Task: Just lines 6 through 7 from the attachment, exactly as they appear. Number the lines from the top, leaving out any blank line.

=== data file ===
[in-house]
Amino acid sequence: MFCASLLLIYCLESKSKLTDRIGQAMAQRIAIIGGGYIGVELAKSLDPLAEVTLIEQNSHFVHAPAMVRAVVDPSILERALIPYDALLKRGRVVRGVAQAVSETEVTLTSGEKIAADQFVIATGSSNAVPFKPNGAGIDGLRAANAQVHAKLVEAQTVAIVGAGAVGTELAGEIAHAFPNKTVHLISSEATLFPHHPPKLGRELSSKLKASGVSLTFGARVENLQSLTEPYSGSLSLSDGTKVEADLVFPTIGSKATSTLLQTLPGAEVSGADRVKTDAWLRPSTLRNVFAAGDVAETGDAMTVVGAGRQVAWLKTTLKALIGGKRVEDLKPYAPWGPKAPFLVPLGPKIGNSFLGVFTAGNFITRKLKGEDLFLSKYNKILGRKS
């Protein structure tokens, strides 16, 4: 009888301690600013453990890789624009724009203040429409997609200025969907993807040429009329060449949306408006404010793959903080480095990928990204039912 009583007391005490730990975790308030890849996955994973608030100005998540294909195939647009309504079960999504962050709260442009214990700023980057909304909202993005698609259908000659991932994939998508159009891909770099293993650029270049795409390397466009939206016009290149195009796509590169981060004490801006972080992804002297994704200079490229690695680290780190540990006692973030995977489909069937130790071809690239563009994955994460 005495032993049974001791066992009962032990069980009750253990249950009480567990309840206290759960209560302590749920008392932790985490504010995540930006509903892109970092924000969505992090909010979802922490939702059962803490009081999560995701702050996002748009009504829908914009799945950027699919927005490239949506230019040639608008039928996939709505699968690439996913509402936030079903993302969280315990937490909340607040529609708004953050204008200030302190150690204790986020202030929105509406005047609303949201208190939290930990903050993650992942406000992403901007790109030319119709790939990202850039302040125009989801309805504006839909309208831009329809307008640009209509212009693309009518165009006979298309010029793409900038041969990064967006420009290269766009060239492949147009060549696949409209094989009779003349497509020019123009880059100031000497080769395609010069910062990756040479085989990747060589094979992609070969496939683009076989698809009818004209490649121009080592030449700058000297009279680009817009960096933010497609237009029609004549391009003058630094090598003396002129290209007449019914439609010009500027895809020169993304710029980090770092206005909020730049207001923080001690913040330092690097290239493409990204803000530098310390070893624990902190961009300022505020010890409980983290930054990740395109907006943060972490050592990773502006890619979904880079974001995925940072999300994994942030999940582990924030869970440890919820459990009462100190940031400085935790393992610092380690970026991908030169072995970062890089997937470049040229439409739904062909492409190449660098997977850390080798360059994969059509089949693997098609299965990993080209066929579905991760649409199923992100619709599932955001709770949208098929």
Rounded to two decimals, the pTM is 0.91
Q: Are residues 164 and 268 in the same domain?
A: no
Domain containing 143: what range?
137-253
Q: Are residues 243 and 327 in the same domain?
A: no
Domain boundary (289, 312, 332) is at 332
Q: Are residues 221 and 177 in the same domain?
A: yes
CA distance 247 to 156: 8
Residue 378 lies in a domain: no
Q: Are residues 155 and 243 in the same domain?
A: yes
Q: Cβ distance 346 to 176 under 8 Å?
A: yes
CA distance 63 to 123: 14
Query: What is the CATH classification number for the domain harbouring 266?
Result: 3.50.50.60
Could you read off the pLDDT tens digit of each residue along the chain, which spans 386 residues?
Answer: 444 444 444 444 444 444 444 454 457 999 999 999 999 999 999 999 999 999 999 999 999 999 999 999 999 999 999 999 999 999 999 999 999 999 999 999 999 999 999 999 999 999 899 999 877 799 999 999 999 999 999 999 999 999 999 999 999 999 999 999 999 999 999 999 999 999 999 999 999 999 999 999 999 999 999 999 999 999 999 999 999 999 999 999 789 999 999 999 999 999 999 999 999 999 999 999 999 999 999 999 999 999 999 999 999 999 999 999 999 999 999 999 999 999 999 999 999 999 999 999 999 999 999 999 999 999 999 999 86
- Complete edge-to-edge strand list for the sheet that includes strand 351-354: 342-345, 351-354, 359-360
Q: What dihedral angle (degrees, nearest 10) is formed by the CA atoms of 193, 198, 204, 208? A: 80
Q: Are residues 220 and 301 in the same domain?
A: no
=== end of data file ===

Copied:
A: no
Domain containing 143: what range?